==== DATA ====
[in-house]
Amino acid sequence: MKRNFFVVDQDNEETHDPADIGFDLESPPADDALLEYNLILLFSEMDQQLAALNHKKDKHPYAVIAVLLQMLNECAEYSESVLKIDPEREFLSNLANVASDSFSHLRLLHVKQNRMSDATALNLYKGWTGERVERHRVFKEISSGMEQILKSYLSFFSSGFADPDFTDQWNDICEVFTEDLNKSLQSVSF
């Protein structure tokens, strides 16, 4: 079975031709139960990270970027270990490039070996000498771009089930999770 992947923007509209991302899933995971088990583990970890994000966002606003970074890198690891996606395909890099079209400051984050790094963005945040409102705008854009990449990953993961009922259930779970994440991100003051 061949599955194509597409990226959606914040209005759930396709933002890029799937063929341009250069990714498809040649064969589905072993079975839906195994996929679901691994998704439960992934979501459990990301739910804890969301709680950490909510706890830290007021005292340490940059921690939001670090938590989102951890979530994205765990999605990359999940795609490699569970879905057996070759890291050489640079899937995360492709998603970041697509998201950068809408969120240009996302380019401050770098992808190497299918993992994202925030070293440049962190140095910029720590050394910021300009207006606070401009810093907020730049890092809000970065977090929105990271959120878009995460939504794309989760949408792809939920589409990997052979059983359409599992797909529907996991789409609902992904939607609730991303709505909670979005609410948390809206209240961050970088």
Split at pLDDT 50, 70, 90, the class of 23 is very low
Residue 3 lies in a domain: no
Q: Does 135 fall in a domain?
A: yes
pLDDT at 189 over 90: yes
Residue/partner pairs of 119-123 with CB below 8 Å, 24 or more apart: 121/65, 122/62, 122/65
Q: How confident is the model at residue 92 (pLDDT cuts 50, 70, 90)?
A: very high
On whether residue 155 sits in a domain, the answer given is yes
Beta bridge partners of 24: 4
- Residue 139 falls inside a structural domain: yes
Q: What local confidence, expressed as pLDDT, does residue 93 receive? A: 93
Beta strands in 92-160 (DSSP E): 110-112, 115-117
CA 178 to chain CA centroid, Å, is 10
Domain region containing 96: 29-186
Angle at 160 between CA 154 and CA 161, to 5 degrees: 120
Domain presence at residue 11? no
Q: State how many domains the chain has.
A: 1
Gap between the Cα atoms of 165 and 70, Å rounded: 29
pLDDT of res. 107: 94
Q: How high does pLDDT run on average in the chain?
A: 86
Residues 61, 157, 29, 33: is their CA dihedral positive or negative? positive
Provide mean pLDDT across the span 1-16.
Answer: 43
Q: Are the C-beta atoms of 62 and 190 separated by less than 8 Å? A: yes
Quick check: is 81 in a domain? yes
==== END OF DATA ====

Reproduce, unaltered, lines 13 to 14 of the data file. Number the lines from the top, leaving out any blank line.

Beta bridge partners of 24: 4
- Residue 139 falls inside a structural domain: yes